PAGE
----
Aug 6, 2020

Youth Know Too: Spotlight on SRH

This reporting period we look at the work that other SWD alumni have been doing since graduating from the programme. We focus on Stewart, an alumnus who was a co-founder of Youth Re-defined. Youth Re-defined was a project that centered on Sexual Reproductive Health (SRH) Rights among young people as well as ensuring male participation on these issues, this included accessing existing knowledge, practices and attitudes and using participatory art forms such as music, drama, posters and discussions to interact with youth.

Since graduating he volunteered for a Malawian non-profit Organisation called Abundance, which led Stewart to work with Sustainable Futures in Africa (SFA) Network. While volunteering at SFA, Stewart was part of a symposium in Botswana and Nigeria in 2017 and 2018. During the Nigeria symposium, he was chosen as a Research Admin of the SFA network. Continuing with his passion for youth and their voice being heard in the conversation on SRH, he co-authored a study about Youth Participation in Reproductive Health Policy-making in Malawi conducted in September 2018 to June 2019 the research involved travelling across Malawi, interviewing young people and interested stakeholders that are involved in SRH policy-making

“There is substantial progress in youth involvement in SRH policymaking in Malawi. However, some structural and societal factors are choking young people's involvement and are evident in their lived experiences. For instance, some young men feel that there is an "overemphasis" on the girl child empowerment, which on its own is problematic.” Stewart commented when asked about the main findings of the study. The study also found that overall, female respondents expressed confidence in their ability to step up and conquer the gender divide that exists within SRH (and other areas of) policymaking spaces, when and if they are given the chance and support to do so. It, however, is an uphill battle as SRH is still a topic line where policy in Malawi does not reflect the youth perspective.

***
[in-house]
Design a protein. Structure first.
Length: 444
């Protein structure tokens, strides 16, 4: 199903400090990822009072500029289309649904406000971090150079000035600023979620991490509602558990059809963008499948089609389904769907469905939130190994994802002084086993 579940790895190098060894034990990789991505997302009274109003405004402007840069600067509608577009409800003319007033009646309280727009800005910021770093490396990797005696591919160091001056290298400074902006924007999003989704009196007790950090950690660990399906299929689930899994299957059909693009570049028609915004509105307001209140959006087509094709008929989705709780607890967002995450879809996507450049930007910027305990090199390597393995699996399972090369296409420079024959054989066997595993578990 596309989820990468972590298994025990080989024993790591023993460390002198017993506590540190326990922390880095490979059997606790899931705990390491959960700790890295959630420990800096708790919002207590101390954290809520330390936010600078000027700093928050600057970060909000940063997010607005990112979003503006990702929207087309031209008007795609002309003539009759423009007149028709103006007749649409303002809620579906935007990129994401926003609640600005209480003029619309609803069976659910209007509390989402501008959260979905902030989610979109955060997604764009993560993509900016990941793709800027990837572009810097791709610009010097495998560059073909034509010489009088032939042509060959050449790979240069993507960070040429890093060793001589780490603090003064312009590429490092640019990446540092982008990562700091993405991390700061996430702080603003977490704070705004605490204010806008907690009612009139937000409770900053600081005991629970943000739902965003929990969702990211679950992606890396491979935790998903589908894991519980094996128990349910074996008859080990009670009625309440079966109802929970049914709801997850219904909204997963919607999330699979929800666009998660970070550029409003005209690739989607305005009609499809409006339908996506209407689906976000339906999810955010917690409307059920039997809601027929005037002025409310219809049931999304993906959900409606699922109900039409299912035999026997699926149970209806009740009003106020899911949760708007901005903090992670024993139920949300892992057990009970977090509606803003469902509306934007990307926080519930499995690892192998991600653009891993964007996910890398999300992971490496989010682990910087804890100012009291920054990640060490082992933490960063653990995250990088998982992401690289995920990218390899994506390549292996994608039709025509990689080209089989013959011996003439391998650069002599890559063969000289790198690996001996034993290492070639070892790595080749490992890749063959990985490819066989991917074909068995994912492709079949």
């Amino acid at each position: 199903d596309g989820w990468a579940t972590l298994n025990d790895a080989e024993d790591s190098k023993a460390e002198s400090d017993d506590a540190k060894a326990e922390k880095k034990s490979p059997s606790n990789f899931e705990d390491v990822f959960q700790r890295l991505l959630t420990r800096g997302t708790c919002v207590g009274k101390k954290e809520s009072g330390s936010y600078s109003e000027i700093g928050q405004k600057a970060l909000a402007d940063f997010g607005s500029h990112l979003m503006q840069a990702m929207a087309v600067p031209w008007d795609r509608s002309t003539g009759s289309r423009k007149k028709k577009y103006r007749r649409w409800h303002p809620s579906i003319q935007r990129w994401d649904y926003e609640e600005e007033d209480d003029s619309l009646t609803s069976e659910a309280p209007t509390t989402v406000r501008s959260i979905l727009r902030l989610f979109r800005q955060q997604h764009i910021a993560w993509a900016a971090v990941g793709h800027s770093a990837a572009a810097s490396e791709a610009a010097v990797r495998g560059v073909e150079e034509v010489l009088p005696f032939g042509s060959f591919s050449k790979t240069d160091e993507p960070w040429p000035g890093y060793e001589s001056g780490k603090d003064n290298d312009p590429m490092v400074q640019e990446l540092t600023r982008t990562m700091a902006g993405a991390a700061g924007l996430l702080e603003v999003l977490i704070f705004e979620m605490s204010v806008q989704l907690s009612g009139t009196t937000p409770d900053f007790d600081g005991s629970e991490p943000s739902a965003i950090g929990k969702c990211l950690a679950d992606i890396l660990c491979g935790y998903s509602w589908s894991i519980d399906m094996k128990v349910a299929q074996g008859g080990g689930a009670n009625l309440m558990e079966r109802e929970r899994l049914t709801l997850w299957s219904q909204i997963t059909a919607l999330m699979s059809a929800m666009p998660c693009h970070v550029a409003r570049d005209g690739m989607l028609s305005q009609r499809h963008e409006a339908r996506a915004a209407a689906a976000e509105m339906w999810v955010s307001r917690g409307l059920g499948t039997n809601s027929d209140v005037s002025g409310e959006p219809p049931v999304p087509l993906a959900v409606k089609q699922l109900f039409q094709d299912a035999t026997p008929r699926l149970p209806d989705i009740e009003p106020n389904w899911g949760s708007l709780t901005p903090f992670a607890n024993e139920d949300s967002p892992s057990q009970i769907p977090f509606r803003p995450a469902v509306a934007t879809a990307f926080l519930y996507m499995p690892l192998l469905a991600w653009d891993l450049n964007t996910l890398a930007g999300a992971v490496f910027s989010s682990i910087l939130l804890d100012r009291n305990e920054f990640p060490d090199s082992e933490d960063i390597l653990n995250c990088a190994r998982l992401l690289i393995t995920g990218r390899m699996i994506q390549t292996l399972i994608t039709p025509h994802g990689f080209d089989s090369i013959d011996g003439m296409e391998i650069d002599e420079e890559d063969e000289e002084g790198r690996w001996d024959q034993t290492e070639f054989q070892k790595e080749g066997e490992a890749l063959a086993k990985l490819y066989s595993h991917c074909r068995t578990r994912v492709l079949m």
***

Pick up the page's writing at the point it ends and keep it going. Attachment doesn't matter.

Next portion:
“There is a need to address the policy-practice gap that exists with regards to youth and SRH policymaking. If this was not a big problem, then perhaps due to the current COVID-19 pandemic we would not be hearing about thousands of girls in Mangochi and Mwanza (among known districts) getting pregnant every month.”, Stewart pointed out.

Stewart hopes to develop a successful career in youth work, youth policy and advocacy. Researching on a “policy and youth-related” topic for his Master’s degree marks a milestone in pursuit of his career prospects. He is currently a student, volunteer and researcher, studying for a Master’s Degree in Education studies for Adult, Youth and Community contexts at the University of Glasgow. He has a keen interest in the Implications of foreign aid on education policy and practice in Malawi. Stewart always looks back at the experience he got during his time with SWD programme as the time that ignited his passion for youth work and is forever grateful for the opportunities SWD programme gave him.  

Jun 11, 2020

Tipewe Corona (prevent Corona)

To engage their fellow youth on Corona Virus prevention, the MASA Squad came up with a youthful song and video to raise awareness on how everyone plays a huge role in reducing the spread of Corona Virus. The song, Tipewe Corona (Prevent Corona) features tips to help individuals stay safe and protect themselves from the virus. It's being played on national radio stations, and MASA Programme Manager Sharon Kalima was featured on Times TV to share more on the initiative. 

We then set a dance challenge for young people to create their own dances to the song. Young people from across Malawi submitted a range of creative entries.